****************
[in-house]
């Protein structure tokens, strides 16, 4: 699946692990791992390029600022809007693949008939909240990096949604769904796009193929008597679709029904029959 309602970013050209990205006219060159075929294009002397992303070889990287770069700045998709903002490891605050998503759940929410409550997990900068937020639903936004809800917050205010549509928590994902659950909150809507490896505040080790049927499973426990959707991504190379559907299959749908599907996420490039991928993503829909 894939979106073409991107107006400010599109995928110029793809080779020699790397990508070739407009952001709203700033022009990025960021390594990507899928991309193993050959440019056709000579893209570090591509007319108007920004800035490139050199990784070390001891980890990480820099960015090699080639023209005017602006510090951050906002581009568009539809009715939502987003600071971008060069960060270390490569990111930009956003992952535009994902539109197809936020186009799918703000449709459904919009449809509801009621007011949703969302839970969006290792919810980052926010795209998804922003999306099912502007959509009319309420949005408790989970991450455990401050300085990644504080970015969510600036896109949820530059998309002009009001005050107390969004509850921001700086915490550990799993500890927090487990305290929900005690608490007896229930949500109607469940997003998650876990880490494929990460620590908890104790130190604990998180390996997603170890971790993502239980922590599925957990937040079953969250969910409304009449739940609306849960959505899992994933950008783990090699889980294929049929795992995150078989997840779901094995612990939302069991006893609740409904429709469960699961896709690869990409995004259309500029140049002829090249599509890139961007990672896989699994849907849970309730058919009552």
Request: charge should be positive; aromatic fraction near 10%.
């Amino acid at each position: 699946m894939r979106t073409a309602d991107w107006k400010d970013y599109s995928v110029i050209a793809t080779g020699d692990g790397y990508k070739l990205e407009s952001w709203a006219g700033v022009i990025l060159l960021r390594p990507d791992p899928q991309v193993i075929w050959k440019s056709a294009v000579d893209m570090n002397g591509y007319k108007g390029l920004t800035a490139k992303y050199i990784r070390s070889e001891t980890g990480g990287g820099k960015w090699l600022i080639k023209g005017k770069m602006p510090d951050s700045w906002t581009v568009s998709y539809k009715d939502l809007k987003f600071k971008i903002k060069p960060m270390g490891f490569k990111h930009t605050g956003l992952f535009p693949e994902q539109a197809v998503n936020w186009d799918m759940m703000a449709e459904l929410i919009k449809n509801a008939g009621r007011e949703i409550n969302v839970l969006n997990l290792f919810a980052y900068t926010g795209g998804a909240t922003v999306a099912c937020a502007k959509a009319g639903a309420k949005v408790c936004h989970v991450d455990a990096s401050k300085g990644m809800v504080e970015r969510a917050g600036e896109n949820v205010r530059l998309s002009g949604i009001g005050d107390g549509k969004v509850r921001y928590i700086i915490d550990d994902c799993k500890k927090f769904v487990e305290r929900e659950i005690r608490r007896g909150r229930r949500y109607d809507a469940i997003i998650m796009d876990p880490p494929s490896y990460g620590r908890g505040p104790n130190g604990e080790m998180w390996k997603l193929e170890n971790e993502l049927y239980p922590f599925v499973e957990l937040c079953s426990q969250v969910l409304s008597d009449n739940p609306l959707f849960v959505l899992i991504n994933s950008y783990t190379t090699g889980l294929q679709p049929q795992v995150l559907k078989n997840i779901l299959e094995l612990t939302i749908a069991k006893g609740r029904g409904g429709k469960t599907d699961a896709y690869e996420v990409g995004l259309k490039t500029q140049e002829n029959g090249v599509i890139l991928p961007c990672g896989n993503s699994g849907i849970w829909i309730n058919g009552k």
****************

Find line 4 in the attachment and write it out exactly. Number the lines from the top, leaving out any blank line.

């Amino acid at each position: 699946m894939r979106t073409a309602d991107w107006k400010d970013y599109s995928v110029i050209a793809t080779g020699d692990g790397y990508k070739l990205e407009s952001w709203a006219g700033v022009i990025l060159l960021r390594p990507d791992p899928q991309v193993i075929w050959k440019s056709a294009v000579d893209m570090n002397g591509y007319k108007g390029l920004t800035a490139k992303y050199i990784r070390s070889e001891t980890g990480g990287g820099k960015w090699l600022i080639k023209g005017k770069m602006p510090d951050s700045w906002t581009v568009s998709y539809k009715d939502l809007k987003f600071k971008i903002k060069p960060m270390g490891f490569k990111h930009t605050g956003l992952f535009p693949e994902q539109a197809v998503n936020w186009d799918m759940m703000a449709e459904l929410i919009k449809n509801a008939g009621r007011e949703i409550n969302v839970l969006n997990l290792f919810a980052y900068t926010g795209g998804a909240t922003v999306a099912c937020a502007k959509a009319g639903a309420k949005v408790c936004h989970v991450d455990a990096s401050k300085g990644m809800v504080e970015r969510a917050g600036e896109n949820v205010r530059l998309s002009g949604i009001g005050d107390g549509k969004v509850r921001y928590i700086i915490d550990d994902c799993k500890k927090f769904v487990e305290r929900e659950i005690r608490r007896g909150r229930r949500y109607d809507a469940i997003i998650m796009d876990p880490p494929s490896y990460g620590r908890g505040p104790n130190g604990e080790m998180w390996k997603l193929e170890n971790e993502l049927y239980p922590f599925v499973e957990l937040c079953s426990q969250v969910l409304s008597d009449n739940p609306l959707f849960v959505l899992i991504n994933s950008y783990t190379t090699g889980l294929q679709p049929q795992v995150l559907k078989n997840i779901l299959e094995l612990t939302i749908a069991k006893g609740r029904g409904g429709k469960t599907d699961a896709y690869e996420v990409g995004l259309k490039t500029q140049e002829n029959g090249v599509i890139l991928p961007c990672g896989n993503s699994g849907i849970w829909i309730n058919g009552k």